As you might have guessed, this will depend on the type of supplement, if it supports your fasting or breaks it. But generally, certain supplements are better taken when you eat. You want to consume these types with your meals, ensuring better absorption. Also, you can experience stomach upset after taking supplements such as zinc on an empty stomach.
To stay on the safer side, you need to pay close attention to your body and how it feels. Suppose your stomach can't tolerate supplements without food, no need to force it. Instead, try your supplements 20 to 30 minutes before eating to see the effects. Keep this in mind while intermittent fasting.
Unsweetened tea and black coffee contain calories, but the amount is negligible, meaning they have less than five calories. This makes their ability to break your fast quite unlikely while intermittent fasting. However, if you're a purist who wants to stick to the strictest regime, you want to take only water. But for those that need caffeine, coffee and tea won't do any harm.
On the other hand, bone broth is a well-known keto fasting supplement since it provides plenty of satisfaction and replenishes minerals and nutrients while fasting. It contains minimal proteins and calories, lacks any carbohydrates, so taking a limiting amount during your fast won't affect your fat-burning or ketogenic benefits of fasting in any significant way.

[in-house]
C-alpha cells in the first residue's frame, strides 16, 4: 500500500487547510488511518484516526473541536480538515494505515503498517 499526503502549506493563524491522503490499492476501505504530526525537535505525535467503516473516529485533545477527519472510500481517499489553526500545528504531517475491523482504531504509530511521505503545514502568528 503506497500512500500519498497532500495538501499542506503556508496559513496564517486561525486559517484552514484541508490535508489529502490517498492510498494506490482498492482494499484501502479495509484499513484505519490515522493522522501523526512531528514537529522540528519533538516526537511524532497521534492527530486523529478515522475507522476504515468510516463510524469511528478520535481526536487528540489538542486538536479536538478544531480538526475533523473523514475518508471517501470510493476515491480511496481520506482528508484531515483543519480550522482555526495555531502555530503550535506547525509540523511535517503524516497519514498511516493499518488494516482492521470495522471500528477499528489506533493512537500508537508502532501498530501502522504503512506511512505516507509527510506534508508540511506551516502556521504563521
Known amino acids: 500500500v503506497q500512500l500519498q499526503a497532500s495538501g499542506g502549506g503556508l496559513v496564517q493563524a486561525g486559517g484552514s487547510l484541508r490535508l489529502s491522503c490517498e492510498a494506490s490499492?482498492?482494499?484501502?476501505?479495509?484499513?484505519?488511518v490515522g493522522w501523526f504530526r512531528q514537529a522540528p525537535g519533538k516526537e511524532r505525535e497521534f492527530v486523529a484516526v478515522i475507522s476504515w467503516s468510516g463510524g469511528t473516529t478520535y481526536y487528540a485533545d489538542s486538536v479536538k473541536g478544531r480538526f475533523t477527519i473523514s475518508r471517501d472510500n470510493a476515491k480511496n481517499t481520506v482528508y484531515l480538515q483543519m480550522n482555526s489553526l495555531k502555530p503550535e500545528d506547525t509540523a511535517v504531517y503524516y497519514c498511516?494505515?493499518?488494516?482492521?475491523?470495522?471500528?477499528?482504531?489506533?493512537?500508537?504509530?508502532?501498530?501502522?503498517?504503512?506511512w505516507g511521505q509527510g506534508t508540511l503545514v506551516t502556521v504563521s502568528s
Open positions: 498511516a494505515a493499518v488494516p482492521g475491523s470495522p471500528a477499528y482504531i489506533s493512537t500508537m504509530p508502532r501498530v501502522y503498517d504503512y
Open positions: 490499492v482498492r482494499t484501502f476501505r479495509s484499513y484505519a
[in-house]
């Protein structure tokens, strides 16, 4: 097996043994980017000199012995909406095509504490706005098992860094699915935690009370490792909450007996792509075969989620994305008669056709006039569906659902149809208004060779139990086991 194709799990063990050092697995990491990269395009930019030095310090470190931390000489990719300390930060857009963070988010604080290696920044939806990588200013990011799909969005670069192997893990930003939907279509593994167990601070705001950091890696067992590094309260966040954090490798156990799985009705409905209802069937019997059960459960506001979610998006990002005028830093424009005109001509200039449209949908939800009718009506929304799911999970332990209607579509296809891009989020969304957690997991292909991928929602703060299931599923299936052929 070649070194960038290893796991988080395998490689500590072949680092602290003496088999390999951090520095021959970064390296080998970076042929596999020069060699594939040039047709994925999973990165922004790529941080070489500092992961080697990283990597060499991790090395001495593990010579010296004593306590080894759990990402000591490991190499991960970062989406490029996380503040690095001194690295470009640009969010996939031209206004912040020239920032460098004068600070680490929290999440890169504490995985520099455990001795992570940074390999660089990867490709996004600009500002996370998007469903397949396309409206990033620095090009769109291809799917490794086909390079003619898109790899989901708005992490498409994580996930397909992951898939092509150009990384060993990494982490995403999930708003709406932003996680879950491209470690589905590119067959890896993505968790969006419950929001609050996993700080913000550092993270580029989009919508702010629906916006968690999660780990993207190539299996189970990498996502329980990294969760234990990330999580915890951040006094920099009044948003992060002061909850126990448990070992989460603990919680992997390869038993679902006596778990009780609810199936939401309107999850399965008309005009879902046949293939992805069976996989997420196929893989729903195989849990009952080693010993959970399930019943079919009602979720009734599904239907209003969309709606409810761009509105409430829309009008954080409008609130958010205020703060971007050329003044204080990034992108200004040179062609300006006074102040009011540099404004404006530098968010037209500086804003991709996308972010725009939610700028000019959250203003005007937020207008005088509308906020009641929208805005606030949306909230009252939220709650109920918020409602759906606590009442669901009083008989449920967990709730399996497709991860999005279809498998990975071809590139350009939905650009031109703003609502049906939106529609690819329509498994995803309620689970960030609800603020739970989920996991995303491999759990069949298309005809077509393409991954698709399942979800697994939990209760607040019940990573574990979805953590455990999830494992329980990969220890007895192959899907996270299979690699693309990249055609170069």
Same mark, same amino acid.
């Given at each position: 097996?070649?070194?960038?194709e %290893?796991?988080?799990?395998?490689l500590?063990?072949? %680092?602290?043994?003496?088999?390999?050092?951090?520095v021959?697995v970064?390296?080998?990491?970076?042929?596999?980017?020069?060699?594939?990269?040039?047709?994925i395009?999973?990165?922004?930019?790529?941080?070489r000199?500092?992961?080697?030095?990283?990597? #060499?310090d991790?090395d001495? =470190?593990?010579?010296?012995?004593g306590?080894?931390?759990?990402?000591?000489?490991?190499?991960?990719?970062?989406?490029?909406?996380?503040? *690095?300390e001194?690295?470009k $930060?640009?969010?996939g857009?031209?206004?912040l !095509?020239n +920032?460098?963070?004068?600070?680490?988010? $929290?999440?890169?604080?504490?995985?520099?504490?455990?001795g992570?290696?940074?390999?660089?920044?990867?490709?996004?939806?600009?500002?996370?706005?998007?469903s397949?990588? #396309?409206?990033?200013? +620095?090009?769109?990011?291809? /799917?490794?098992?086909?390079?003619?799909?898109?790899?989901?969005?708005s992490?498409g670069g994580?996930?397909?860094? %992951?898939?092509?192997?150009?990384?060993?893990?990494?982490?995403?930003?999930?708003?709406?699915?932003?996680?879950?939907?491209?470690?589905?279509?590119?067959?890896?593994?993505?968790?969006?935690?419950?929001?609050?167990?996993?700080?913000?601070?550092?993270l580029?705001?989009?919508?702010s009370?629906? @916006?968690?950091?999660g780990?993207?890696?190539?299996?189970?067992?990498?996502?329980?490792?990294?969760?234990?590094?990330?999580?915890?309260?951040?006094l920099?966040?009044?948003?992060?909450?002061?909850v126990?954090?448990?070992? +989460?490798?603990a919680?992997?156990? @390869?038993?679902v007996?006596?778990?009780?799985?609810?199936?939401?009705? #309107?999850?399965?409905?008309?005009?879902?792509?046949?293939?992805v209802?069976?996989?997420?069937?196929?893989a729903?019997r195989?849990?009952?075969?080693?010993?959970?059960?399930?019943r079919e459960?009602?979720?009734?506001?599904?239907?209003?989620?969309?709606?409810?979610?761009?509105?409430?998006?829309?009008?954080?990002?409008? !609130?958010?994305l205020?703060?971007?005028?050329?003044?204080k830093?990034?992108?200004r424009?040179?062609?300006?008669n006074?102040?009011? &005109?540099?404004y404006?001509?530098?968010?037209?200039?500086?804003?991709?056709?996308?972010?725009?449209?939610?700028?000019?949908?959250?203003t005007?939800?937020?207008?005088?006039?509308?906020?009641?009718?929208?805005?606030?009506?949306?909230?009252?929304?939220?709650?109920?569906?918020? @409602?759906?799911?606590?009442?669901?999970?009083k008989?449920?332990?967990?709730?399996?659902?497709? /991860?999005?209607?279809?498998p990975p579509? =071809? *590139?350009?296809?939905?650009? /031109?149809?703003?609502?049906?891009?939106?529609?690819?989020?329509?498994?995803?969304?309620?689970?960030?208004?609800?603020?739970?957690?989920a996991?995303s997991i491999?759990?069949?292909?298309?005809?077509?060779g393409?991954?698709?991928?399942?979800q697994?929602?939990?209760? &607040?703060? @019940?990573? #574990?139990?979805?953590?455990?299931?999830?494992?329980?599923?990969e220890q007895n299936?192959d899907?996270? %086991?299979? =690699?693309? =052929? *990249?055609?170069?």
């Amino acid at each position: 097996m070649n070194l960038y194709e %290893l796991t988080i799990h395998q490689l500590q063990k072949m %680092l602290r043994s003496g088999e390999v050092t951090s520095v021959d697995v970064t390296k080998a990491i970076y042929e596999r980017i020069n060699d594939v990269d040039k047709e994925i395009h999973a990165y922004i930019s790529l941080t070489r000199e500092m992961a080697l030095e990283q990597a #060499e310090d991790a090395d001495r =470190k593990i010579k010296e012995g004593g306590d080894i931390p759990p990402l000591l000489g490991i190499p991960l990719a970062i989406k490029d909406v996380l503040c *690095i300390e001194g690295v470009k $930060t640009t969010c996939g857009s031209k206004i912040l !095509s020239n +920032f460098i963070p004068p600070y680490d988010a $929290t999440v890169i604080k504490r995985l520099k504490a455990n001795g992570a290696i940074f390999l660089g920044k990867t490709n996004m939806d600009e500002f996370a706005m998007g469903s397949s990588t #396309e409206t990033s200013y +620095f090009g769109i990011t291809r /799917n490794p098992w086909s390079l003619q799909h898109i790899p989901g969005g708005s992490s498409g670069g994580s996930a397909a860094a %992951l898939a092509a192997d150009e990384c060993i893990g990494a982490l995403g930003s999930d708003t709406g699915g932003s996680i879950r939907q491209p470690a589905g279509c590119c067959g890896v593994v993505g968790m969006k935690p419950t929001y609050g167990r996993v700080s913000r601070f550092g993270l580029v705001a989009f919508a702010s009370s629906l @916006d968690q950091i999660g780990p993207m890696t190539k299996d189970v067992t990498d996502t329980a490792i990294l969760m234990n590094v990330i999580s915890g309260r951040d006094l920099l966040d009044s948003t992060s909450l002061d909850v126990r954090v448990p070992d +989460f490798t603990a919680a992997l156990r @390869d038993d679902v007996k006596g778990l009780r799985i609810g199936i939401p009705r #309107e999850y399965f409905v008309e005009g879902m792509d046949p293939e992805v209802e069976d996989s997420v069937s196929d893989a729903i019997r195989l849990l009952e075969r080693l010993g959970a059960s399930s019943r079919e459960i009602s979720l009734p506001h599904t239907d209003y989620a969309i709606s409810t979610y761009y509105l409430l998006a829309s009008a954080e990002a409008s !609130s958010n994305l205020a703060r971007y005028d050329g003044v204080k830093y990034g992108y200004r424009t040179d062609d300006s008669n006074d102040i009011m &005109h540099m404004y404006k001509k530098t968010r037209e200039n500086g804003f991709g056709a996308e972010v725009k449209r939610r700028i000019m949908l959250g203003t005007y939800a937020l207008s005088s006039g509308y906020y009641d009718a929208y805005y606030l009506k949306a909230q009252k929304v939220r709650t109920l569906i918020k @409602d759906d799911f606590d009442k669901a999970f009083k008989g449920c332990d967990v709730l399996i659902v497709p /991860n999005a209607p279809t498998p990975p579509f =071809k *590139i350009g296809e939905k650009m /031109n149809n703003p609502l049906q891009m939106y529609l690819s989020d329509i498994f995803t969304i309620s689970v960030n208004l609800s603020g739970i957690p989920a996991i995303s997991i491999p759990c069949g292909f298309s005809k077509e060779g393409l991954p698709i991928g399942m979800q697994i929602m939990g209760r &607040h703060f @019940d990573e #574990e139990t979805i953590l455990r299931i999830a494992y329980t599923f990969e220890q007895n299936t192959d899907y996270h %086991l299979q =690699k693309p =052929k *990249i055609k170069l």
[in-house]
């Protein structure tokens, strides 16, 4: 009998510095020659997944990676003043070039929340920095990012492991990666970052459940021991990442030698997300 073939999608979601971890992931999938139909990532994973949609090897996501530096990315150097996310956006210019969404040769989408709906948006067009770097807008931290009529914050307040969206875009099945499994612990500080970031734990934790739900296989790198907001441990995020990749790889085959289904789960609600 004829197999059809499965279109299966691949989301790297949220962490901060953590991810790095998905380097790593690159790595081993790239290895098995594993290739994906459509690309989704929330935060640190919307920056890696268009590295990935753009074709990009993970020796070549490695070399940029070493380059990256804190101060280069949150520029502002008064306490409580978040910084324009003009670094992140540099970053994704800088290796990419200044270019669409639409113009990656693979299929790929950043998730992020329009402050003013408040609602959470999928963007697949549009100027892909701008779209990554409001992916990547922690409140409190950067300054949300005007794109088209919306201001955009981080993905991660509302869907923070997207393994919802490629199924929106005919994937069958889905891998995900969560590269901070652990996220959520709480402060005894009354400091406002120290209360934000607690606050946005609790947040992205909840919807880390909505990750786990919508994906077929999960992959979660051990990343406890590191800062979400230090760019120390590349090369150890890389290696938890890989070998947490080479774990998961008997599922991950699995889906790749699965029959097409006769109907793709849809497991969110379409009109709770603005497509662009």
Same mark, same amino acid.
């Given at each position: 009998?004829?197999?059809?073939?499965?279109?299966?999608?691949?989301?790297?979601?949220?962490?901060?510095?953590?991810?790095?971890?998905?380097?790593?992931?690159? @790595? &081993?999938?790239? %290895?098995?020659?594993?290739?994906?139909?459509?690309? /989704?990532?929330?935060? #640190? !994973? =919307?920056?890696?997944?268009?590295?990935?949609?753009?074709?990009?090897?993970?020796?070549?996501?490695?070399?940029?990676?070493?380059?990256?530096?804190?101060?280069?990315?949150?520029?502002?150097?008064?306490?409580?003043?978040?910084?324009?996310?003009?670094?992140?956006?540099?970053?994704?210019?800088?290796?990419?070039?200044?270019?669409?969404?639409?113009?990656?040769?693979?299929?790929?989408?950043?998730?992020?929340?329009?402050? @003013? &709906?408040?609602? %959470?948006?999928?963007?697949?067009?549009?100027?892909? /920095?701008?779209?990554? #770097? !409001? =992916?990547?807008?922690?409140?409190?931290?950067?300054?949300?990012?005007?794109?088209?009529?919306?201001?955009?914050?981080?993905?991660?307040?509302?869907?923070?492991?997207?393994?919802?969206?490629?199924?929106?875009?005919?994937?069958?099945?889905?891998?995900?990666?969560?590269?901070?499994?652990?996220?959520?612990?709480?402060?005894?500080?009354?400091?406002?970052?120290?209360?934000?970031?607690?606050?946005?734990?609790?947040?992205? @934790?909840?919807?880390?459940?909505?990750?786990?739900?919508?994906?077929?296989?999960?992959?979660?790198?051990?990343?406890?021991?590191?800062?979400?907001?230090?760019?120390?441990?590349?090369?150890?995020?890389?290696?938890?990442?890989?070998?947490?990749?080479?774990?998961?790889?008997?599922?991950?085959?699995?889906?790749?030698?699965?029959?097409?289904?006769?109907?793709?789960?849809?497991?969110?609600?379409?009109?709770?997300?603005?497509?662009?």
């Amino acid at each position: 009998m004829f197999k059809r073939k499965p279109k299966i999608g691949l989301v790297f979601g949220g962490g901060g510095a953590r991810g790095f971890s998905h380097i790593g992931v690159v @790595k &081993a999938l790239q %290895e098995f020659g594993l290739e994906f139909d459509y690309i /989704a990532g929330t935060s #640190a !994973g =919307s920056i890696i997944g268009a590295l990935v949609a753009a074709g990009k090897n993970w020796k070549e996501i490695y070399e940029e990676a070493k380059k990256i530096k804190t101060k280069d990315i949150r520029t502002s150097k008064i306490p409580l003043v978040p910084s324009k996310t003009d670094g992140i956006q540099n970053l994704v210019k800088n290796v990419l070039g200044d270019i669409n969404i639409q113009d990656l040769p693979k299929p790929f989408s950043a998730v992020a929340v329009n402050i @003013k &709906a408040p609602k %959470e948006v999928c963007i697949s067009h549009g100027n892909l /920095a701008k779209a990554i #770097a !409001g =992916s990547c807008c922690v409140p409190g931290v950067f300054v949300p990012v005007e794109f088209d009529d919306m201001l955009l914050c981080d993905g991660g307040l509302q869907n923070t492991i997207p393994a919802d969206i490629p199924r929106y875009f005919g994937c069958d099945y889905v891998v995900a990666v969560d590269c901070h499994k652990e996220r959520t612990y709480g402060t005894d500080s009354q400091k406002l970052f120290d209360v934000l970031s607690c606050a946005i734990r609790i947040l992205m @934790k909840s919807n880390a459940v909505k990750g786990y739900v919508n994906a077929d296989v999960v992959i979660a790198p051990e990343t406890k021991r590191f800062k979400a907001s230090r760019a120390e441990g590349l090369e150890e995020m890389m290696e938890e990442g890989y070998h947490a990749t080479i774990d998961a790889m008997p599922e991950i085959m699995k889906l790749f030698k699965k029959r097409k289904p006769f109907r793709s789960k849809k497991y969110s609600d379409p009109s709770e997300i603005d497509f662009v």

Regardless, you put off the bone broth entirely until you are in your eating window while intermittent fasting.
For those consuming supplements while intermittent fasting, here are some tips to help make the most of this dietary approach.
Yes, it's safe to take certain supplements while intermittent fasting. Will they break your fast? It depends on which supplement you're consuming. Ultimately, you want to meet your body's nutritional demands while fasting. Even though food is the best source to obtain these nutrients, supplements will also do, especially while intermittent fasting. For those with serious concerns for any nutrient deficiency, it's best to consult your doctor for help picking the right supplements for you. This should come before you subject your body to long periods of no calorie intake.
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Disclaimer: These statements have not been evaluated by the FDA. These products are not intended to diagnose, treat, cure or prevent any disease.